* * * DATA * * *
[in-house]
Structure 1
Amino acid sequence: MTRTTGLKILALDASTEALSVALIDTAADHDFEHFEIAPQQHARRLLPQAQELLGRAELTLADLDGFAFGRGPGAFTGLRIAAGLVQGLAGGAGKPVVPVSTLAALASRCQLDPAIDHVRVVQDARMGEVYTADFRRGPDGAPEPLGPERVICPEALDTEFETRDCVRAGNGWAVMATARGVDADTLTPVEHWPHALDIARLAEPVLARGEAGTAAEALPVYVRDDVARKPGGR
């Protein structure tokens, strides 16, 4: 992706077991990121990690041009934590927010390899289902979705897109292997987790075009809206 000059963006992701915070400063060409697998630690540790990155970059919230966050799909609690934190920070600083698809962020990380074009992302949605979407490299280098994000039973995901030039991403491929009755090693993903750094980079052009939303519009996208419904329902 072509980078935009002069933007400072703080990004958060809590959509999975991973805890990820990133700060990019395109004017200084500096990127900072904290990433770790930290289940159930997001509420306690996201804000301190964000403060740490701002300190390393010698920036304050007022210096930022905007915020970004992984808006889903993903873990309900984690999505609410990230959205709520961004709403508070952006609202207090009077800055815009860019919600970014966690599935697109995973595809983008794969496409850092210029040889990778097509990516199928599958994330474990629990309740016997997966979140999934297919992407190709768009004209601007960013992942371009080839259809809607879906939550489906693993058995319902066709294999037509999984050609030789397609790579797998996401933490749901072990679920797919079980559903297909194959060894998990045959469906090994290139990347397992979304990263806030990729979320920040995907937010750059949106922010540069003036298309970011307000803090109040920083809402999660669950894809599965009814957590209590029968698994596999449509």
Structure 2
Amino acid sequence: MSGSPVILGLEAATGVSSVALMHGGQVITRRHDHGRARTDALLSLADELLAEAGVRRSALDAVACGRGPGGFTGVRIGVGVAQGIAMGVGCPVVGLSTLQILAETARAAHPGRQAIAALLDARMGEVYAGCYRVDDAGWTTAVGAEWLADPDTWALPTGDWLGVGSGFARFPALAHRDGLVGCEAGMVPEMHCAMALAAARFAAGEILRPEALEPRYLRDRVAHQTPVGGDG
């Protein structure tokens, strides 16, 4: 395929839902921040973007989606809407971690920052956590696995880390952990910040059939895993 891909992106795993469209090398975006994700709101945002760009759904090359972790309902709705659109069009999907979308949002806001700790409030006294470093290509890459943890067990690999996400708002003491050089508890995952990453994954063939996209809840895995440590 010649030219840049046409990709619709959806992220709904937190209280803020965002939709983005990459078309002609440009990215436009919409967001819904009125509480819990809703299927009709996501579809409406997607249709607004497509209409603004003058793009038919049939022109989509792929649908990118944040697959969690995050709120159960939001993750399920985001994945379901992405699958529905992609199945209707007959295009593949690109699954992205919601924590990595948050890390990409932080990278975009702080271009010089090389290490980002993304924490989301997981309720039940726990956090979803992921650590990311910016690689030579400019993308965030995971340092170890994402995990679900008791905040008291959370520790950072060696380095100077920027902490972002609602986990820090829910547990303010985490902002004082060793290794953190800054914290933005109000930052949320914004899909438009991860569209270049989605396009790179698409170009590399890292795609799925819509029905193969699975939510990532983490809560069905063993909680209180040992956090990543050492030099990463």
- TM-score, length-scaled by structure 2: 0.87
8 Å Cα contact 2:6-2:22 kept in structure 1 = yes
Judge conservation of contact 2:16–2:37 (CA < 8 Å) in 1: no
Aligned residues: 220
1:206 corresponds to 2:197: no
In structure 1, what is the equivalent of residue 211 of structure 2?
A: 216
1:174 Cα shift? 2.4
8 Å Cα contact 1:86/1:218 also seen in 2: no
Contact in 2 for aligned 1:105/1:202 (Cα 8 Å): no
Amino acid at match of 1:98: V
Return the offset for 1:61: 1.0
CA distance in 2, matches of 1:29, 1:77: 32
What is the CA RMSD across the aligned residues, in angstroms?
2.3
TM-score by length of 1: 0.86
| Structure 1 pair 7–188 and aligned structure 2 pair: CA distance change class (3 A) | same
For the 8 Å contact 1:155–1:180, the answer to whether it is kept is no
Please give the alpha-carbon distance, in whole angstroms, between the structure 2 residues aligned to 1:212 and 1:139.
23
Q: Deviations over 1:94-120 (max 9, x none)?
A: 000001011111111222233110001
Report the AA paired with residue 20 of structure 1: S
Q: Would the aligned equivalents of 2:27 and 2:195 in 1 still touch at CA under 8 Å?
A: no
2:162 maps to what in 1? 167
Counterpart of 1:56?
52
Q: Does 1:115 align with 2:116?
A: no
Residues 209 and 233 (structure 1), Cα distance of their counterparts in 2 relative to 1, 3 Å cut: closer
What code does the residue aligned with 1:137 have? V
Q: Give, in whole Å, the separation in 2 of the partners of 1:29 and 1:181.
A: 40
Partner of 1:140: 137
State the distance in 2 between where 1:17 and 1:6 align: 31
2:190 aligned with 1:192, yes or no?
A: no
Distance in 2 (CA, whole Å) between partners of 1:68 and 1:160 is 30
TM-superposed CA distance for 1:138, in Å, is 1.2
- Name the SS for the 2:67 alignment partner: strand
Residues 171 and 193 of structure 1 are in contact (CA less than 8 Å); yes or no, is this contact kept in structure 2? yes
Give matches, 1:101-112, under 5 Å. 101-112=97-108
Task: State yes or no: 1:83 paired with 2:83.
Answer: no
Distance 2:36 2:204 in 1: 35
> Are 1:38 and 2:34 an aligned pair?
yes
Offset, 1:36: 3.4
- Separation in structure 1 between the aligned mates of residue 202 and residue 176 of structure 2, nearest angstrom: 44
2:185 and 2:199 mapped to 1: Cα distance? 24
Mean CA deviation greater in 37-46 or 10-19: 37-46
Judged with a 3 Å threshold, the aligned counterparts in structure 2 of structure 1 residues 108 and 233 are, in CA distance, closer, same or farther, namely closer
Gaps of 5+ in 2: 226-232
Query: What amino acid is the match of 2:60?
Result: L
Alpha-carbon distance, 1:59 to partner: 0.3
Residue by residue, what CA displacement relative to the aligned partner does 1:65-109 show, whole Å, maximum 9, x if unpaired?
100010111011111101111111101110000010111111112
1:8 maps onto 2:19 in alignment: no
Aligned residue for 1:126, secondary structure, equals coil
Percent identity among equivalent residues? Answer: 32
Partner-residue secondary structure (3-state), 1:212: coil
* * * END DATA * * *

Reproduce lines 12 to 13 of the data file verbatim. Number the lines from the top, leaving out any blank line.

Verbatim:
1:206 corresponds to 2:197: no
In structure 1, what is the equivalent of residue 211 of structure 2?